Thus it was already known that the Muslim Ummah – the global community of believers in Islam – react with spontaneous anger if the prophet or the revealed word in the Quran are pilloried. Nupur Sharma ignored that truth in the heat of the moment and was lulled into complacency by the assumed approbation of those holding high positions in the Union government. The result has been a nightmare for Indian diplomacy. For Qatar to call in the Indian ambassador to protest while the Indian vice president was on an official visit to that nation is unprecedented. Normally nations wait until the high personage departs.
Qatar has had serious differences with Saudi Arabia and the UAE over its encouragement of the Muslim Brotherhood and other extreme right-wing Islamic groups. By coming first off the blocks on the Nupur controversy, it exposed the flanks of bigger powers – like Saudi Arabia, Iran, Turkey and Indonesia – that claim leadership of the Islamic world. Once the public ire swirled on social media, they had no leeway left to ignore it. Therefore, what began as a ripple turned into a tsunami.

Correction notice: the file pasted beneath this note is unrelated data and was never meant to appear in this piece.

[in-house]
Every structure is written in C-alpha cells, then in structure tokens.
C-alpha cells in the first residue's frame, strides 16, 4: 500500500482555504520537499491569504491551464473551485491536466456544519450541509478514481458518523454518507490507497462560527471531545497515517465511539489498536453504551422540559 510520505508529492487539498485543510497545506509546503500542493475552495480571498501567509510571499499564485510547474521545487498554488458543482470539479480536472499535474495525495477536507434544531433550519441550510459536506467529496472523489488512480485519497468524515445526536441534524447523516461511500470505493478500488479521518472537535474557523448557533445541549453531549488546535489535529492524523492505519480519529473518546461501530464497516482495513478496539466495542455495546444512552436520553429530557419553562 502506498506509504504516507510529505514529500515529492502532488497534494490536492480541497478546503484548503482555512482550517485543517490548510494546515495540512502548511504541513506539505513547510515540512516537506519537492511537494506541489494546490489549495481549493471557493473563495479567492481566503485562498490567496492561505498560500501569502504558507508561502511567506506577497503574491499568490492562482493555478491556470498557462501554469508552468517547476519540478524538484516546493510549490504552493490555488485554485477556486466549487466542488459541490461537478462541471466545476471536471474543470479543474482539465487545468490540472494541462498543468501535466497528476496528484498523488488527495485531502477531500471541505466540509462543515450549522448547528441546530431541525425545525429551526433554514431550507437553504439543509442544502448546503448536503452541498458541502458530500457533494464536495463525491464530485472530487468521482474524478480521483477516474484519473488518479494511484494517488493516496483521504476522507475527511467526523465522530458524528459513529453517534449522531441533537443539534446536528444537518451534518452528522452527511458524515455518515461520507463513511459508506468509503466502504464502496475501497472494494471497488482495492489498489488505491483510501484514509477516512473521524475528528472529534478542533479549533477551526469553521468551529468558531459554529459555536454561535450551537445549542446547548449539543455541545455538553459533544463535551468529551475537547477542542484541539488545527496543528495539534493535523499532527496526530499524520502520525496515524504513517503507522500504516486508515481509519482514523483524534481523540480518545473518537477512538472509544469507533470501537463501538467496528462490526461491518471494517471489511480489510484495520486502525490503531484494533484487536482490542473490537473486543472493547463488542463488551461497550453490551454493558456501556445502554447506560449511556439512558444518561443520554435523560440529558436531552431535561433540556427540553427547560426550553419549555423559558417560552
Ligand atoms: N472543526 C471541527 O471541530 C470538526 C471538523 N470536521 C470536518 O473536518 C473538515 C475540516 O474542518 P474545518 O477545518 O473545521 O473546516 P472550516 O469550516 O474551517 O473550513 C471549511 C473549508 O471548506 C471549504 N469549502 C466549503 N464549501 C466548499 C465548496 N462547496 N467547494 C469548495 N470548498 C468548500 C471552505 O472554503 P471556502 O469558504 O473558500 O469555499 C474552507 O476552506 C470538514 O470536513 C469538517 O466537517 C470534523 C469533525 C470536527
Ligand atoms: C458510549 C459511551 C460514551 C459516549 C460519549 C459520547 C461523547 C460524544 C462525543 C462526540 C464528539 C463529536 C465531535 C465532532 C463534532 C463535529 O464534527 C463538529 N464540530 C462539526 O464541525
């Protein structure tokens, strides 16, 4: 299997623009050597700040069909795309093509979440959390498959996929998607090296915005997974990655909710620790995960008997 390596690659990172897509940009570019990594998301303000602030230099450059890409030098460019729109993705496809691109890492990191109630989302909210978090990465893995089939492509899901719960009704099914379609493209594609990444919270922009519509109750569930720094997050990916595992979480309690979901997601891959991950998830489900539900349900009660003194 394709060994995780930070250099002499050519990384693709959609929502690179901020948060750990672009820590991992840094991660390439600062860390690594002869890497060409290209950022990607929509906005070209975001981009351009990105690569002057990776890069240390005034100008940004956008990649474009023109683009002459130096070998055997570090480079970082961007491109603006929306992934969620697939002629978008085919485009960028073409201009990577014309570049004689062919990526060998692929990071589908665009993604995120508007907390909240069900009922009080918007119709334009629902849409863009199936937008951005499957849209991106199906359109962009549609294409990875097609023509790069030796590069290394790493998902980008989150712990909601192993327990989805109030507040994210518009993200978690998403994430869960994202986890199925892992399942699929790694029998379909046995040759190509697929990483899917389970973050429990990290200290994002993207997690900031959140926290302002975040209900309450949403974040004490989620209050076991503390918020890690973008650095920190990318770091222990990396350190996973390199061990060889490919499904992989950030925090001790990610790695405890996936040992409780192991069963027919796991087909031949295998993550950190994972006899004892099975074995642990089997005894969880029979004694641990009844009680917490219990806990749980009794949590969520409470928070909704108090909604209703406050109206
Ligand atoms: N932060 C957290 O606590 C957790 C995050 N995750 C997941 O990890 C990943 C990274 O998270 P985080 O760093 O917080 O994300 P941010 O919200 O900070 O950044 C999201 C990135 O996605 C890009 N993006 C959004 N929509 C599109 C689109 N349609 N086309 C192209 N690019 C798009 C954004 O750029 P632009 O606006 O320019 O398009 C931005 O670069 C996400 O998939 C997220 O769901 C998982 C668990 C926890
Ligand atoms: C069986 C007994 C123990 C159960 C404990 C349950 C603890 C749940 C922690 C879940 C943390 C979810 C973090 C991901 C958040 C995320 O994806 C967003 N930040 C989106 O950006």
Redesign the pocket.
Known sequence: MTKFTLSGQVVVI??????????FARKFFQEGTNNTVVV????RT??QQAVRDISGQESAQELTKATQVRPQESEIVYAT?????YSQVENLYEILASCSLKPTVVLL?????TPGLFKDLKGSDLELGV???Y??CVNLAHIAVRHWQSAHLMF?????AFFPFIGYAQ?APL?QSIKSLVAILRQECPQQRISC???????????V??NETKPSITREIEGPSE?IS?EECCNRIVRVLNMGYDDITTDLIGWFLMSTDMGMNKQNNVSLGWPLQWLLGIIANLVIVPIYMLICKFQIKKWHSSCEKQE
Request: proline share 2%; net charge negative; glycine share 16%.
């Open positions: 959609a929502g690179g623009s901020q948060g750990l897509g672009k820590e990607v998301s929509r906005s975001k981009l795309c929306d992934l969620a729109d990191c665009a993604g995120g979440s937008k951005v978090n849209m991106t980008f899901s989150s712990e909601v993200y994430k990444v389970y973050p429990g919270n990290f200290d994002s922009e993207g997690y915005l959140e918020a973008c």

Will the BJP learn from this and tamp down its majoritarian Hindu Rashtra agenda? Probably not, though they would reassess their tactics to devise approaches that distinguish between targeting Indian Muslims and demonising Islam per se and especially the Prophet and his family. The damage to Indian reputation in the Islamic world is containable though not reversible, unless PM Modi decides to emulate Vajpayee, and explores a middle path between Hindutva and classical Hinduism, as honed by philosophers and saints over many millennia. The Modi government could be at a turning point or a point of no return. India holds its breath as the world watches.
K.C. Singh is a former Indian ambassador to the UAE and Iran and retired as Secretary in the Ministry of External Affairs.